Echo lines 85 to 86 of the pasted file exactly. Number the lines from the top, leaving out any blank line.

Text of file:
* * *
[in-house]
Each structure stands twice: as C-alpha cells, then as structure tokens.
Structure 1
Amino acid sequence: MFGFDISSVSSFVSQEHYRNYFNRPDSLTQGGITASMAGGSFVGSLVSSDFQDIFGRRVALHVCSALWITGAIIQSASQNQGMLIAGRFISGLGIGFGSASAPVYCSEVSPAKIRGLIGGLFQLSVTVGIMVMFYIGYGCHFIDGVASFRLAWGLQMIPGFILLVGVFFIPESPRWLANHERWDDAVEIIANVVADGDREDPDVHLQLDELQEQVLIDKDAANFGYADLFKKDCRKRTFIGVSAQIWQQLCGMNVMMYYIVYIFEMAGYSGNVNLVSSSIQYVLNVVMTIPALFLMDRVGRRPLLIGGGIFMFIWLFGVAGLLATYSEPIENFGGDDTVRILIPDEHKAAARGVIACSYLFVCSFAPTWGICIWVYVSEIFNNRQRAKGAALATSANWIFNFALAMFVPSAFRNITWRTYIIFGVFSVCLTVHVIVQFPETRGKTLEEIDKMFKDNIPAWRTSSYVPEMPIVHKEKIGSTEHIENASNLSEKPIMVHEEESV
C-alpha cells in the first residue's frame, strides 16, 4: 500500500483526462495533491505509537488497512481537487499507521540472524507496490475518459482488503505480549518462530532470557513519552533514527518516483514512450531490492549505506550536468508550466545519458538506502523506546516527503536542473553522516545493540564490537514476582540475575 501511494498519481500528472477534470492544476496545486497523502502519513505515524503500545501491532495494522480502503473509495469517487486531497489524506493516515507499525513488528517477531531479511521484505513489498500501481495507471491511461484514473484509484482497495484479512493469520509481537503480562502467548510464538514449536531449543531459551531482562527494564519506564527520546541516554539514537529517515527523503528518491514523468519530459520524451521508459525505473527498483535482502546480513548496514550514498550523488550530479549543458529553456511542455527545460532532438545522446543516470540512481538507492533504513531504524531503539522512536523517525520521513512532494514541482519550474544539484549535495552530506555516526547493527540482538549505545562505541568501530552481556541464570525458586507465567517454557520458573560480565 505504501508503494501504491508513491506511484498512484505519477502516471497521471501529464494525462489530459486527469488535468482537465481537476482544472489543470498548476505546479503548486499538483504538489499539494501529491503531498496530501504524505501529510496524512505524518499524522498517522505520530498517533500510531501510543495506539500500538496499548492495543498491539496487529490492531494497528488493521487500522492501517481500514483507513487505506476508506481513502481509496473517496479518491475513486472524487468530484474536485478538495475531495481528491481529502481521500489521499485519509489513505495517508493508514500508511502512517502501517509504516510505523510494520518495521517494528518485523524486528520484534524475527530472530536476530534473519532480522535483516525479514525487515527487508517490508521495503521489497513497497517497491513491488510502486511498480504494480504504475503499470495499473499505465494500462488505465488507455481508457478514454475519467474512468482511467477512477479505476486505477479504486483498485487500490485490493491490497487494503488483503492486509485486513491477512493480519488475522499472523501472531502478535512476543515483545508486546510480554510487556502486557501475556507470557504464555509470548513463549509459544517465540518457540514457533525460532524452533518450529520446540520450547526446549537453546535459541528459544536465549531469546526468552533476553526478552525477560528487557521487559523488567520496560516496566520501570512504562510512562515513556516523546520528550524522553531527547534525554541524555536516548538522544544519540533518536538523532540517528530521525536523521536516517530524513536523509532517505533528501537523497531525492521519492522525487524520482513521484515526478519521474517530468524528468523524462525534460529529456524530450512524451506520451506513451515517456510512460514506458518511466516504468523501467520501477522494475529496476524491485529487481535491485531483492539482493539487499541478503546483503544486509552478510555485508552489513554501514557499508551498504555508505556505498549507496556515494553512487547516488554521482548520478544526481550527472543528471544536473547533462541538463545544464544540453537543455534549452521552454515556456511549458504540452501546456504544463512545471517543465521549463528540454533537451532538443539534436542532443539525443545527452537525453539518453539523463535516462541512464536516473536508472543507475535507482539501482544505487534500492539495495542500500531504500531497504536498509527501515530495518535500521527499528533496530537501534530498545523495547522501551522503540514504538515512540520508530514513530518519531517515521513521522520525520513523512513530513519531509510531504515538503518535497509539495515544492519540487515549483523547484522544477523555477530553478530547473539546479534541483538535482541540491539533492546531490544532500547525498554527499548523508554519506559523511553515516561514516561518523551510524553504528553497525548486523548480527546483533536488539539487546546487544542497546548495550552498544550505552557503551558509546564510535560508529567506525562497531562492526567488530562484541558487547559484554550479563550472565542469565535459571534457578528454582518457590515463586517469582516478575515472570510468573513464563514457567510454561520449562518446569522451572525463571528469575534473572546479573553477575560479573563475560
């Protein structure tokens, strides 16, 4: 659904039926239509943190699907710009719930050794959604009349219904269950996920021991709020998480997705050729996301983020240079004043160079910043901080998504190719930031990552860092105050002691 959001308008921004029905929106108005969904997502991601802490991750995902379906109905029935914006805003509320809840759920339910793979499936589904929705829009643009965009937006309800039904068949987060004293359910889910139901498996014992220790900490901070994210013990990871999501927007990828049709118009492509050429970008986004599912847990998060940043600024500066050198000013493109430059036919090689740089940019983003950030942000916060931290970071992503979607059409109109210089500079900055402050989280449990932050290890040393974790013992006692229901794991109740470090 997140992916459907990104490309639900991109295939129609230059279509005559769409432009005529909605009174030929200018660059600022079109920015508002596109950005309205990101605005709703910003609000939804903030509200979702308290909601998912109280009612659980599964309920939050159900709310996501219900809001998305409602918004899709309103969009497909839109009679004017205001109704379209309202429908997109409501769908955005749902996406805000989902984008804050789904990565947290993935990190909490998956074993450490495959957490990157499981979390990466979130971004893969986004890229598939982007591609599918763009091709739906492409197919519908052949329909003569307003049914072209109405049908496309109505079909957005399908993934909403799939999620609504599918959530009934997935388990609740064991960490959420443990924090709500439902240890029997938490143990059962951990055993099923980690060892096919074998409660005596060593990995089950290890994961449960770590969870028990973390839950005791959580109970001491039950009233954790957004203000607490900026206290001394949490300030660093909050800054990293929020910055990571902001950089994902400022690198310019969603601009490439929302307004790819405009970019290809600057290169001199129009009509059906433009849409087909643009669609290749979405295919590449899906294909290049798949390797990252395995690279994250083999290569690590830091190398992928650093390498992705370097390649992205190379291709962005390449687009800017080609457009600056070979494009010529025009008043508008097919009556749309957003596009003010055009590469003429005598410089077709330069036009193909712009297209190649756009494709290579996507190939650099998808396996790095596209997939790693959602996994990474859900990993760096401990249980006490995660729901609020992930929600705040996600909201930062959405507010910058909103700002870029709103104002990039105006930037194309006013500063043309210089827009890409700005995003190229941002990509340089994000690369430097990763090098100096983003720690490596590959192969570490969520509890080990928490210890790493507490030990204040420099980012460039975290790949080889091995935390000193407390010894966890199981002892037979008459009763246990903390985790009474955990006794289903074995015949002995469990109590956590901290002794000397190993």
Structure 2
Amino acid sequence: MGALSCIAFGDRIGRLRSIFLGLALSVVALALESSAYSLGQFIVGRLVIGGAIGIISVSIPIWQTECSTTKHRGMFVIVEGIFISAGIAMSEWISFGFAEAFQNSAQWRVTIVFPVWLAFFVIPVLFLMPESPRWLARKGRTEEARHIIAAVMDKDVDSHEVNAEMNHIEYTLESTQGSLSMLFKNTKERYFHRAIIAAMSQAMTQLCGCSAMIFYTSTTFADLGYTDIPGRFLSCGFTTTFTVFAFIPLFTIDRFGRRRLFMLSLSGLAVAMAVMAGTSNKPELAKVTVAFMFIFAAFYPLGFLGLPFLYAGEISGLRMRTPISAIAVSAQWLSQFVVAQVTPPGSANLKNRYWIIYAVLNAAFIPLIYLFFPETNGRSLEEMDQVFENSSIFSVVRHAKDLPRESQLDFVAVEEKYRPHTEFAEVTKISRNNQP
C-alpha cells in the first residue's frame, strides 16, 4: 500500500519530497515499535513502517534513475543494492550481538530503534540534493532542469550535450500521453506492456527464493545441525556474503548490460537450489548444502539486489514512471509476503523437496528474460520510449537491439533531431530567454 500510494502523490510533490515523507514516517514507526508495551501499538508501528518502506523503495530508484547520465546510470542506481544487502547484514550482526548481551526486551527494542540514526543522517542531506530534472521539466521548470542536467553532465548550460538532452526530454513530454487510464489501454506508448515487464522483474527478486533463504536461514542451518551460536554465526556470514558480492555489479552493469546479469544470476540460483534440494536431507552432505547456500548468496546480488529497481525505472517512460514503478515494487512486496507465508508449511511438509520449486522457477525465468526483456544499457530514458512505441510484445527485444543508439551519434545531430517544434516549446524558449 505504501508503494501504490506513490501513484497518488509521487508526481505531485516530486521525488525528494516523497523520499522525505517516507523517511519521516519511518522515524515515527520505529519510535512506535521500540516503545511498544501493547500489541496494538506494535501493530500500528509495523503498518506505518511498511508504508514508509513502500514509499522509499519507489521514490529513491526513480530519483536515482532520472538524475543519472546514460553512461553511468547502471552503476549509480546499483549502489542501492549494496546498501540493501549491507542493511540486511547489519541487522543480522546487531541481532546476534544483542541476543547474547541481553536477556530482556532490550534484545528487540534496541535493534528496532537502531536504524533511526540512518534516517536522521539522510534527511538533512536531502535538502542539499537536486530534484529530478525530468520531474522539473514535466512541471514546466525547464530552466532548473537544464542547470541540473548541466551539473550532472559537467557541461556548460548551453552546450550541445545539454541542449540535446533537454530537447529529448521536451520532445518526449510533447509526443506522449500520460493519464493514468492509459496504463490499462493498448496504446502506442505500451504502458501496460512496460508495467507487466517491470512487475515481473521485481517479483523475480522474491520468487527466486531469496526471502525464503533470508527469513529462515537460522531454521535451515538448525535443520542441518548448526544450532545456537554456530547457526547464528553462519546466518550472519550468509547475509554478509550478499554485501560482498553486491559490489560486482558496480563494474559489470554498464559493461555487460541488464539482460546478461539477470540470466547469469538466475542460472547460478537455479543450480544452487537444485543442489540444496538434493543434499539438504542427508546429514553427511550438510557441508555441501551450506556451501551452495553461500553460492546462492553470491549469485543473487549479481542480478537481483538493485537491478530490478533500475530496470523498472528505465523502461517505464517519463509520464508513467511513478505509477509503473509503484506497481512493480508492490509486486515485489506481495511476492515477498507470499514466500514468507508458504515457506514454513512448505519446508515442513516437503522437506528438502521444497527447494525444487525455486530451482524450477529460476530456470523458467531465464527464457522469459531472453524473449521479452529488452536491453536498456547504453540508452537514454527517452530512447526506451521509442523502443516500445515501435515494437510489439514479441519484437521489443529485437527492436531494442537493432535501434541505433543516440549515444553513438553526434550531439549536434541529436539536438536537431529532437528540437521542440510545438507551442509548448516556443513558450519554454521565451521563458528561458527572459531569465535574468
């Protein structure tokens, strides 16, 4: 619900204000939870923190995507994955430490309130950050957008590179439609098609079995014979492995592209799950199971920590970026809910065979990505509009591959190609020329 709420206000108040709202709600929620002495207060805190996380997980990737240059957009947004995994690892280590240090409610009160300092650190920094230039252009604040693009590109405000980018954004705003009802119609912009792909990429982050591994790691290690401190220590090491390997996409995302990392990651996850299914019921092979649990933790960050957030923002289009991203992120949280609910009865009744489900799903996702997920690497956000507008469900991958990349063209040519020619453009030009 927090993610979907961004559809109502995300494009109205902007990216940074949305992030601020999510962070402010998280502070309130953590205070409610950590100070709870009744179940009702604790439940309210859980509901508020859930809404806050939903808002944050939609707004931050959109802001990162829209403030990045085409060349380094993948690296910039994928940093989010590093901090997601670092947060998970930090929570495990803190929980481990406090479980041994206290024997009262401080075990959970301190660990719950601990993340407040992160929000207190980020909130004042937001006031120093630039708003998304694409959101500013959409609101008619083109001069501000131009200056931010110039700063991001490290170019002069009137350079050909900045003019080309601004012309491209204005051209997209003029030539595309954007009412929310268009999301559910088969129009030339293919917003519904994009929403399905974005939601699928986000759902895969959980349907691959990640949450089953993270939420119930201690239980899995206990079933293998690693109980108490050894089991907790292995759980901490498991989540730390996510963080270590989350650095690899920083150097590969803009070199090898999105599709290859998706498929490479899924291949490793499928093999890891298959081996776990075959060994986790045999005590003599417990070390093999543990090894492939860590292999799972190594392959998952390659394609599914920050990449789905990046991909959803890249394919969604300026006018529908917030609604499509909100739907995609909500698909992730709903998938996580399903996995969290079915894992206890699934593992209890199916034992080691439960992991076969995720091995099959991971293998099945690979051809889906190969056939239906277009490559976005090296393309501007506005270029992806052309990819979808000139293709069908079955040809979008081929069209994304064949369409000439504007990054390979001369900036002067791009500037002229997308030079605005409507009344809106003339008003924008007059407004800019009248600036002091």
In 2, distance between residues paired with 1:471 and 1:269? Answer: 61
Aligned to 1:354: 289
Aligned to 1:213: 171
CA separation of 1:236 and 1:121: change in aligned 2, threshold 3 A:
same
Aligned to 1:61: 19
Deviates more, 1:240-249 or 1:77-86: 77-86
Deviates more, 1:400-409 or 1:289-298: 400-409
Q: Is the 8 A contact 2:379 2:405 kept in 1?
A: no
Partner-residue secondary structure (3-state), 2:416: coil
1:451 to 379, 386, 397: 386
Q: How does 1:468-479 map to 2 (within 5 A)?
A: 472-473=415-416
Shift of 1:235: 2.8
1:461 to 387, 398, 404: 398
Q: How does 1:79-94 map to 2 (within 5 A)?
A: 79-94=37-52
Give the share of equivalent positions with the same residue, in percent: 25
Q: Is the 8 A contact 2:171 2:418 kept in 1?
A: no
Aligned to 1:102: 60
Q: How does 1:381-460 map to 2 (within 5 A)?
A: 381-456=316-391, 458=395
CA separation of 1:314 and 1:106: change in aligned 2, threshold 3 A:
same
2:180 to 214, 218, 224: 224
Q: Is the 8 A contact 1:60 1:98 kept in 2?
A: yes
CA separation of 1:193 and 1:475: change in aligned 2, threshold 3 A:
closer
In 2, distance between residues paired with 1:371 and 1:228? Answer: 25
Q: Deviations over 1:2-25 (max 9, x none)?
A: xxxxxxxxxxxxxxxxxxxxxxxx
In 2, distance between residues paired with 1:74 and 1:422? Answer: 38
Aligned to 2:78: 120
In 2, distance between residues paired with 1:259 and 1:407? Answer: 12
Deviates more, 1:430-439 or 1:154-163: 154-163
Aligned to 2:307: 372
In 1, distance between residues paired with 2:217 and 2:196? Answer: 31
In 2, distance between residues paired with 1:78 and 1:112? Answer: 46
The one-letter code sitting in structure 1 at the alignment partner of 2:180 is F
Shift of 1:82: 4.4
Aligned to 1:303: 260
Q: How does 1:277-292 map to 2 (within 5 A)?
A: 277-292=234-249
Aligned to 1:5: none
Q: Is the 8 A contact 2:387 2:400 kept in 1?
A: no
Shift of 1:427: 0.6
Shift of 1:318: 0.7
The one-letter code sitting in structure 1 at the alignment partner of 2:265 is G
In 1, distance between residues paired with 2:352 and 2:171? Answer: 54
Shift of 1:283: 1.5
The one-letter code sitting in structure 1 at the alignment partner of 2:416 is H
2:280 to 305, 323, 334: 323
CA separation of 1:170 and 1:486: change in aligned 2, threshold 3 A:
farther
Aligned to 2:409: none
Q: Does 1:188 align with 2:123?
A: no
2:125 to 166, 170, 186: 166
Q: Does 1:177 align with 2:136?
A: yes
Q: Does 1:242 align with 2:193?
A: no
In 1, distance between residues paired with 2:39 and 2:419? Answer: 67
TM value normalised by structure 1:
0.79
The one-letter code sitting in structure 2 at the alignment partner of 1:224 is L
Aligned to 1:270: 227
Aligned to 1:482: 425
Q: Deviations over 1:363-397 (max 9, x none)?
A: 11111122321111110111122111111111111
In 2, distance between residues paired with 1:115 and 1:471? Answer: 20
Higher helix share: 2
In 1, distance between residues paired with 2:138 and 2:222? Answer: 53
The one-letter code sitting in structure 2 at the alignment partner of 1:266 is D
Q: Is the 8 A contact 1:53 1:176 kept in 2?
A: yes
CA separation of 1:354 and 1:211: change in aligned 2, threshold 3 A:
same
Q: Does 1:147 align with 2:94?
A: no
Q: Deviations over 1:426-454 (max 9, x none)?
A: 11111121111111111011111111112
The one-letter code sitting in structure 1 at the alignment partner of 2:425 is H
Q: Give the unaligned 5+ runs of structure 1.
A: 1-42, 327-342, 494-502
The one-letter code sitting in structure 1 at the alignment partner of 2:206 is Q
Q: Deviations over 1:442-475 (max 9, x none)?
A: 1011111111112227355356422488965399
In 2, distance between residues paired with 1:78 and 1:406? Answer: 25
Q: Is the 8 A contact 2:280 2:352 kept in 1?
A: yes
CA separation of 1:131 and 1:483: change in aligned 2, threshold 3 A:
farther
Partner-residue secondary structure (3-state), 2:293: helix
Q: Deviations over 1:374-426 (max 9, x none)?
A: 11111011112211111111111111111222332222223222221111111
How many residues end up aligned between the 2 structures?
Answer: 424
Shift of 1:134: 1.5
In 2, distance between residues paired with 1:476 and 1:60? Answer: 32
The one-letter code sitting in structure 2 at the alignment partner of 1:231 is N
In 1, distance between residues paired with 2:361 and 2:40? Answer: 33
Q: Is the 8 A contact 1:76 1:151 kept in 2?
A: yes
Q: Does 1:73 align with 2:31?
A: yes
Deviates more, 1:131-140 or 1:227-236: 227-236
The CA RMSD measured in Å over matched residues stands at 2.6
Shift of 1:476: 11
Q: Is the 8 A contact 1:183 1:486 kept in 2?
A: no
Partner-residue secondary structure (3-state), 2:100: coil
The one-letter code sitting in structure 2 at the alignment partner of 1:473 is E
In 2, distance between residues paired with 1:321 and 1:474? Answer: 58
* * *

In 2, distance between residues paired with 1:115 and 1:471? Answer: 20
Higher helix share: 2